What is this survey about?

Asking for your views on options for either upgrading the existing Physio Pool or building a new facility. This is part of a feasibility study by the Trust.

What happens to public feedback?

Feedback will help the Trust decide on the next steps. It will go back to the community with the results.

What does the feasibility study involve and why is this being done?

It will look at options to either redevelop the existing pool or build a new pool and consider operating models. The study is funded by Lotteries.

What work has been carried on so far for the feasibility study?

Condition assessments of the existing pool, discussions with Te Whatu Ora on their long-term requirements for the site, and early engagement.

Why are we doing this project?

The Physio Pool has provided an essential community service for about 40,000 visitors a year, particularly older people and those with disabilities and long-term health and mobility difficulties. It was a very effective form of treatment, especially for people recovering from surgery.

Exactly how much will this project cost and who pays for it?

We don’t have a cost at this stage. Costs will be available once detailed design plans have been finalised.

How long will this project take?

Several years – it’s too early to provide a concise timeframe.

Why did the existing Physio Pool close?

It closed because the heating system stopped working and the cost to repair was prohibitive.

Who pays for this project? Where are the funds coming from?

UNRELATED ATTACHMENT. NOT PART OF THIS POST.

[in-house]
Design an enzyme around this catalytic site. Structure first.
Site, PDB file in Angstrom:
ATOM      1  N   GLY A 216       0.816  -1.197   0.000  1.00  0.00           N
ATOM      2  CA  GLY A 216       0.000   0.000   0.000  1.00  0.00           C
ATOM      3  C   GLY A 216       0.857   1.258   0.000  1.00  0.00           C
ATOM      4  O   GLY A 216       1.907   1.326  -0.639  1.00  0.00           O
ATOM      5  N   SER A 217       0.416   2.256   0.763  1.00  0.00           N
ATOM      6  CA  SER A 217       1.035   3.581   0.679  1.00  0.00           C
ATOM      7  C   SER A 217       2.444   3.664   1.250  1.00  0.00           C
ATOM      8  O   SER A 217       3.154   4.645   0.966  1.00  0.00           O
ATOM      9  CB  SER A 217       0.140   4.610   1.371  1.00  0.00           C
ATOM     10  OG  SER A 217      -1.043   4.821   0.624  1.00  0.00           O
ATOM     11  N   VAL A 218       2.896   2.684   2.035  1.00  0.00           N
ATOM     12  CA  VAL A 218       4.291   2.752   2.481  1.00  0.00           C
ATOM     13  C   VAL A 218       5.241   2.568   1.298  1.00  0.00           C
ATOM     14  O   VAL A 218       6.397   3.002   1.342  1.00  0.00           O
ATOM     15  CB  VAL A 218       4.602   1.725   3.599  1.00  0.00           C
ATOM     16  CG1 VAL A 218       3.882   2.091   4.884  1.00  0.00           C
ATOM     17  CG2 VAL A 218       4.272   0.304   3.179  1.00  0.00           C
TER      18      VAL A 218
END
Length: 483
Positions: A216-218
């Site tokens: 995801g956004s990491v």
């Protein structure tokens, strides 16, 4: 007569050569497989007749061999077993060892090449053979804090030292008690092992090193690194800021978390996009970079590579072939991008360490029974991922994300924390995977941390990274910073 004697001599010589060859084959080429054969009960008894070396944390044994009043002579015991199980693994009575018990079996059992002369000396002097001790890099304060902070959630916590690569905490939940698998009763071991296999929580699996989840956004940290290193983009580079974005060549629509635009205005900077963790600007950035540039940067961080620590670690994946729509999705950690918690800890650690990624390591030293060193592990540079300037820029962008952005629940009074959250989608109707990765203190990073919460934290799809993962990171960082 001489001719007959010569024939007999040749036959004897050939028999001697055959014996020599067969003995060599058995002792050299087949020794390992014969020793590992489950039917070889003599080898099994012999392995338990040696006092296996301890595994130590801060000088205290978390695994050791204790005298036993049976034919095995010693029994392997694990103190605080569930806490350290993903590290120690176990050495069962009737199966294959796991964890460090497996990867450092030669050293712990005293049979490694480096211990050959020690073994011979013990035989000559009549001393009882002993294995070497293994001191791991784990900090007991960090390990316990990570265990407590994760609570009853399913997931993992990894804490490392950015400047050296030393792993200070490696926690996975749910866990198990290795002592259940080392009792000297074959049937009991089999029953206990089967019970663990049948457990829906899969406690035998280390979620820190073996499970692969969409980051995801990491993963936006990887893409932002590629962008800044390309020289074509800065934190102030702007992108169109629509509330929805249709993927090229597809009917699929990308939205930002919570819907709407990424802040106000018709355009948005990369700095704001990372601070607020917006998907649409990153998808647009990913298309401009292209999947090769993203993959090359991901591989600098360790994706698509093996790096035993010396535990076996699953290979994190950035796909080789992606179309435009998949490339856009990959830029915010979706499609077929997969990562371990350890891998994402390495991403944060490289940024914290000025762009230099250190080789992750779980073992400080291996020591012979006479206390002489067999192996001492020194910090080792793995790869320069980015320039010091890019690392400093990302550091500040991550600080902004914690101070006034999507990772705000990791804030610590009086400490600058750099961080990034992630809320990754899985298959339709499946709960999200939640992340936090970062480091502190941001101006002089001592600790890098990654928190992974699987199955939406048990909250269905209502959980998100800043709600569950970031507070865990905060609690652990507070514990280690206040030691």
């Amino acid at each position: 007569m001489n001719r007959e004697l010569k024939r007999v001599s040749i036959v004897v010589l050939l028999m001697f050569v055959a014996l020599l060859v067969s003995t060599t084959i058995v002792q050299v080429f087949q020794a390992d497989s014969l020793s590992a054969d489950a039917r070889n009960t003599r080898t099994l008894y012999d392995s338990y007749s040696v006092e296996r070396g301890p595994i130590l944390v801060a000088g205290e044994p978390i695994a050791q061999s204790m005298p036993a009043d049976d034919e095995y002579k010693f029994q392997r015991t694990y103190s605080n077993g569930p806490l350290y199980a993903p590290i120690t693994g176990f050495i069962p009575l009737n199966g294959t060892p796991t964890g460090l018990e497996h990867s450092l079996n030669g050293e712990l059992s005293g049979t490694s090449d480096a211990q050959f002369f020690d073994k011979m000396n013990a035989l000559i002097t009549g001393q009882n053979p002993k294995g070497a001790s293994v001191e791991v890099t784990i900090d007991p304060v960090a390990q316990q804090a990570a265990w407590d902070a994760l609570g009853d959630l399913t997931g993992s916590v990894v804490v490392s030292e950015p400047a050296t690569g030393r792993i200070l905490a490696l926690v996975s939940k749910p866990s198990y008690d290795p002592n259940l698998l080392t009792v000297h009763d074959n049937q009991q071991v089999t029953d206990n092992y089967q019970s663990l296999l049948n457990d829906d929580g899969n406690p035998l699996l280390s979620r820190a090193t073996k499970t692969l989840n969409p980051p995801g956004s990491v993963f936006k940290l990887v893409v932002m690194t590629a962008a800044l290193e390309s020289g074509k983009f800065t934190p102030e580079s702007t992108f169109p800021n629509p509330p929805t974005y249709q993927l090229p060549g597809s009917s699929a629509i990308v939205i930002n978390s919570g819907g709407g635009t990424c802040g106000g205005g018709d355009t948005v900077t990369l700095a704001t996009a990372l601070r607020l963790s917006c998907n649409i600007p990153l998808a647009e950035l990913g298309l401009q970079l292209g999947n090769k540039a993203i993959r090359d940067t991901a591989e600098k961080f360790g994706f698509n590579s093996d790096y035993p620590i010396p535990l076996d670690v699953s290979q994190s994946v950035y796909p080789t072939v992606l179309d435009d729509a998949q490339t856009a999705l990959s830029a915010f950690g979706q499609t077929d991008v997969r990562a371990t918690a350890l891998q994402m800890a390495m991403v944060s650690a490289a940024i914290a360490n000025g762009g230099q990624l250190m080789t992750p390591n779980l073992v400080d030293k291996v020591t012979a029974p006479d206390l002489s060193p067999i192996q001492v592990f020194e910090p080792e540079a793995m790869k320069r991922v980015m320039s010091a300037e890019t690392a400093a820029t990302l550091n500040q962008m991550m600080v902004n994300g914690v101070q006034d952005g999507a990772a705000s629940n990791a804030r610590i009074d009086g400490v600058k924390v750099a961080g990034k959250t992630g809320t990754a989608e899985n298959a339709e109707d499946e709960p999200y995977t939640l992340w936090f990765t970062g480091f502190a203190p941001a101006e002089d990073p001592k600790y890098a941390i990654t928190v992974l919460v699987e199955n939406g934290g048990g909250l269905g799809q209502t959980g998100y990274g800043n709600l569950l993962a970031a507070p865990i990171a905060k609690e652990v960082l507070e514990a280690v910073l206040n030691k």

From community fundraising and grants.

Who makes the final decision on the project?

The Otago Therapeutic Trust.

What are the next steps?

The project group will consider feedback from the survey and engagement and identify the preferred option.

I am for a hydrotherapy pool – how can I help?

Fill in the online survey. You can also fill in a hard copy survey at all DCC libraries, swimming pools and service centres, and at Age Concern.

Who do people talk to if they have questions and how can they reach them?

You can email us at or visit the Facebook page

Feasibility Study of the Physio Pool

A feasibility study of the Physio Pool is in progress to determine options for the future of public access to hydrotherapy in Dunedin. The Otago Therapeutic Pool Trust has engaged Dunedin project management firm, Feldspar Associates, to carry out the feasibility study.

Feldspar Associates has assembled a team of consultants with expertise in swimming pool design and development to examine the state of the Physio Pool infrastructure, scope the cost of redevelopment, consider alternative sites for a new pool, prepare modelling to assess long term financial viability and supply recommendations to the trust. Both Te Whatu Ora – Health New Zealand, which owns the Physio Pool, and Dunedin City Council are assisting with the study by supplying information to Feldspar Associates. A consultation group has been formed to supply feedback as the consultant team works through the stages of the study.

It is anticipated that the study will be completed by the end of this year. Depending on the recommendations from the study and the decisions of the trust the next steps would be securing long term site tenure, then fundraising and then detailed design and construction.